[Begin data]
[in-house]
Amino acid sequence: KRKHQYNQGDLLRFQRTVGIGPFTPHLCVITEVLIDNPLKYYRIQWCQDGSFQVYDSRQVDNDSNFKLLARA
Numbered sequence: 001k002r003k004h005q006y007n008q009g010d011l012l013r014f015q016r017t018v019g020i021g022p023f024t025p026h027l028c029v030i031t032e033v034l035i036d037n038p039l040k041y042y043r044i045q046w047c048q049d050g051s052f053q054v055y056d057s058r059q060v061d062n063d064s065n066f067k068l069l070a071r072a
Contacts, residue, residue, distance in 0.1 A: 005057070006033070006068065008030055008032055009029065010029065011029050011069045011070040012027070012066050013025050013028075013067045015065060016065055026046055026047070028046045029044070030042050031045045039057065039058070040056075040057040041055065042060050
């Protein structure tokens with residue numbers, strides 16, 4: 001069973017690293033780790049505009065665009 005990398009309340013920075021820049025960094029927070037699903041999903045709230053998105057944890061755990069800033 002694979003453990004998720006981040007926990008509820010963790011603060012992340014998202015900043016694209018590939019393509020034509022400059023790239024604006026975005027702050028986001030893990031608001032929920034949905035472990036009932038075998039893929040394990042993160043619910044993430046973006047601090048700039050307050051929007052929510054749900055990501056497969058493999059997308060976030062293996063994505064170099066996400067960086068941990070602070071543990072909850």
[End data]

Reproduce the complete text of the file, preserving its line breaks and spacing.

[in-house]
Amino acid sequence: KRKHQYNQGDLLRFQRTVGIGPFTPHLCVITEVLIDNPLKYYRIQWCQDGSFQVYDSRQVDNDSNFKLLARA
Numbered sequence: 001k002r003k004h005q006y007n008q009g010d011l012l013r014f015q016r017t018v019g020i021g022p023f024t025p026h027l028c029v030i031t032e033v034l035i036d037n038p039l040k041y042y043r044i045q046w047c048q049d050g051s052f053q054v055y056d057s058r059q060v061d062n063d064s065n066f067k068l069l070a071r072a
Contacts, residue, residue, distance in 0.1 A: 005057070006033070006068065008030055008032055009029065010029065011029050011069045011070040012027070012066050013025050013028075013067045015065060016065055026046055026047070028046045029044070030042050031045045039057065039058070040056075040057040041055065042060050
């Protein structure tokens with residue numbers, strides 16, 4: 001069973017690293033780790049505009065665009 005990398009309340013920075021820049025960094029927070037699903041999903045709230053998105057944890061755990069800033 002694979003453990004998720006981040007926990008509820010963790011603060012992340014998202015900043016694209018590939019393509020034509022400059023790239024604006026975005027702050028986001030893990031608001032929920034949905035472990036009932038075998039893929040394990042993160043619910044993430046973006047601090048700039050307050051929007052929510054749900055990501056497969058493999059997308060976030062293996063994505064170099066996400067960086068941990070602070071543990072909850």